One of the last in a string of exceptional TV movies from Farrah Fawcett...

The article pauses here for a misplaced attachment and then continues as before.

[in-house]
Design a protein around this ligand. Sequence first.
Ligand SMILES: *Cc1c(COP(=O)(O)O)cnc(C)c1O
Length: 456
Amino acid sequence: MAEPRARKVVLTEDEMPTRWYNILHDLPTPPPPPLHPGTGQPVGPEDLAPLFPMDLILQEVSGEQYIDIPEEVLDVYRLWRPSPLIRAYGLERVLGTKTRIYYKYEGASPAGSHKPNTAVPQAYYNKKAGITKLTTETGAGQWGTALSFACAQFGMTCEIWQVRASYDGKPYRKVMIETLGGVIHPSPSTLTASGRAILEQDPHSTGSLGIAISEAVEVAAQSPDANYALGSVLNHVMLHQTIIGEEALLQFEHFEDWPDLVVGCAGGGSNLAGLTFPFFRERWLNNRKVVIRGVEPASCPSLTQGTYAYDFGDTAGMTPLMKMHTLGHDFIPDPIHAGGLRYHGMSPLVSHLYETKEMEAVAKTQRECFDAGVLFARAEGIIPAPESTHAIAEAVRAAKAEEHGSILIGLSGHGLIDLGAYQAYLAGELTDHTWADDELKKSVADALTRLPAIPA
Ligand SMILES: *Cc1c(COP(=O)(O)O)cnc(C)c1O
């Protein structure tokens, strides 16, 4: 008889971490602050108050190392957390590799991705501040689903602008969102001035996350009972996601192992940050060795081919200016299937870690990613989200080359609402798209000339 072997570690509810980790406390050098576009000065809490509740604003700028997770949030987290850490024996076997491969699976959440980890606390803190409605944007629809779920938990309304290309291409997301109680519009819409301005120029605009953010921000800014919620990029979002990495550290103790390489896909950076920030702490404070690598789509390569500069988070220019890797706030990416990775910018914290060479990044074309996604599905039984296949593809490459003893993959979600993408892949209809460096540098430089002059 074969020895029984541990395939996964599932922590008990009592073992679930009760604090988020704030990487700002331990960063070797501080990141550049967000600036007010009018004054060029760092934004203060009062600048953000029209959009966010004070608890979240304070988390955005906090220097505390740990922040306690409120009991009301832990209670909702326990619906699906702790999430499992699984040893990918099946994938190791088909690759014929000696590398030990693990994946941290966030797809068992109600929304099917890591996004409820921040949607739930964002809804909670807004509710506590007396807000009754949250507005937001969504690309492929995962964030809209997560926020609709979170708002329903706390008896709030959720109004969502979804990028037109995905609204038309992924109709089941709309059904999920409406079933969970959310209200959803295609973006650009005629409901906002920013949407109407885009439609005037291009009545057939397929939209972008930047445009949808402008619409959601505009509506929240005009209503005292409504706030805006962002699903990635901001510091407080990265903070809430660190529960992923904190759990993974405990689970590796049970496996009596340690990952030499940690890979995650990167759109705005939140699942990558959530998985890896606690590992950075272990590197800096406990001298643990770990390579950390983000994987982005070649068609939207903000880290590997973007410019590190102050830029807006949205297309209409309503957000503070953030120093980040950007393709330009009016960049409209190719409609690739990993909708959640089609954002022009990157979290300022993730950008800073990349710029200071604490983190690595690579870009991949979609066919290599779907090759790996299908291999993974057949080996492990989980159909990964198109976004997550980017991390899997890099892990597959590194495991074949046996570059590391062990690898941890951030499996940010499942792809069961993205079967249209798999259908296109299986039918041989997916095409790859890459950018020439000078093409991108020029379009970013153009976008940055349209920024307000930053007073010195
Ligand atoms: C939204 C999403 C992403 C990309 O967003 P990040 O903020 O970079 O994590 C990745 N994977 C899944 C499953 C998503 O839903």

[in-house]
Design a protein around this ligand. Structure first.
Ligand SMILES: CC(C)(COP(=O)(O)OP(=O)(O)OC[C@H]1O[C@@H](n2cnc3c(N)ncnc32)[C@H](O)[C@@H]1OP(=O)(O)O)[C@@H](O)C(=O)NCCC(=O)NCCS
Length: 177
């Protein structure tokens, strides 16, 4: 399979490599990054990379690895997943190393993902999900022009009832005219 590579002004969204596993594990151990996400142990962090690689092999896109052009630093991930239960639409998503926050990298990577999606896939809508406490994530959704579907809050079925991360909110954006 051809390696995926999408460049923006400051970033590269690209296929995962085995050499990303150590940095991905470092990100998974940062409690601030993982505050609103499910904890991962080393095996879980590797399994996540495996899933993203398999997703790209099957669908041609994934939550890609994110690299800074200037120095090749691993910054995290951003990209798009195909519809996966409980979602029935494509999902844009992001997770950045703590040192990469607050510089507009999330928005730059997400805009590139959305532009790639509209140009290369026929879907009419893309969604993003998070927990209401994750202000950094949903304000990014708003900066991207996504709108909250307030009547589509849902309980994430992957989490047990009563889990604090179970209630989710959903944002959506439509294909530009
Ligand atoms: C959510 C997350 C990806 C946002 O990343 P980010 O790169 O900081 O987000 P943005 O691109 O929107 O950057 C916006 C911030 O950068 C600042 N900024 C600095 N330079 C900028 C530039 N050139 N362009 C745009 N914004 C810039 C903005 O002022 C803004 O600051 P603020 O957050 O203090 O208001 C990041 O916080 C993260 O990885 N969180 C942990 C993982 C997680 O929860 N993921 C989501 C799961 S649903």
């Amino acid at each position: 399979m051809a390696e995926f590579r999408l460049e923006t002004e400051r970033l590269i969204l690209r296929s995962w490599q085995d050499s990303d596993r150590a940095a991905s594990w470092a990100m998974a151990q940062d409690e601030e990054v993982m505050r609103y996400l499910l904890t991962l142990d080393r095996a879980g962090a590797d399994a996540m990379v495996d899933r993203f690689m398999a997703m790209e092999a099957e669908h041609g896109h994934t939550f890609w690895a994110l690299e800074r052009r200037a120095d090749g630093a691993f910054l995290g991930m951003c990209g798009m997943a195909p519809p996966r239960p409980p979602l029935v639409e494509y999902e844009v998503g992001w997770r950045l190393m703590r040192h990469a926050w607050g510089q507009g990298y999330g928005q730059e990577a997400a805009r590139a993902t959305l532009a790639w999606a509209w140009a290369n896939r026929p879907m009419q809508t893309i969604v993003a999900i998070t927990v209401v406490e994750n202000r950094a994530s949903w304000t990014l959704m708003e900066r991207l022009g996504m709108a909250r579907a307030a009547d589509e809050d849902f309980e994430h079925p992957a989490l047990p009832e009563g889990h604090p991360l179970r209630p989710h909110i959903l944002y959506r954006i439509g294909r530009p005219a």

Ross MacDonald detective yarn becomes above-average TV-made vehicle for Farrah Fawcett, playing lawyer from the Los Angeles Public Defenders office who is assigned an assembly-line case of a naive nurse arrested for trafficking stolen goods that quickly turns into a complicated web of murder, kidnapping, and another out of work actor in Hollywood gone wrong. Modern-day pulp amusingly retains all the standard noir clichés (saxophones on the soundtrack, stern yet wistful voice-over at the beginning and end, a glove compartment full of old parking tickets, et al.). Fawcett is appealingly tough yet personable in the lead; A Martinez, as a cop who helps Farrah solve the case, is appropriately hunky but questionable as a credible love-interest (scowling throughout, he's more dangerous-seeming than romantic); Cliff DeYoung, never a strong actor, does all right as a judge. The film has some puzzling red herrings, an overly-complicated second-half--with too many fishy characters--yet the L.A. locations are well-captured, the direction tight, and the gritty script has some sharp dialogue.
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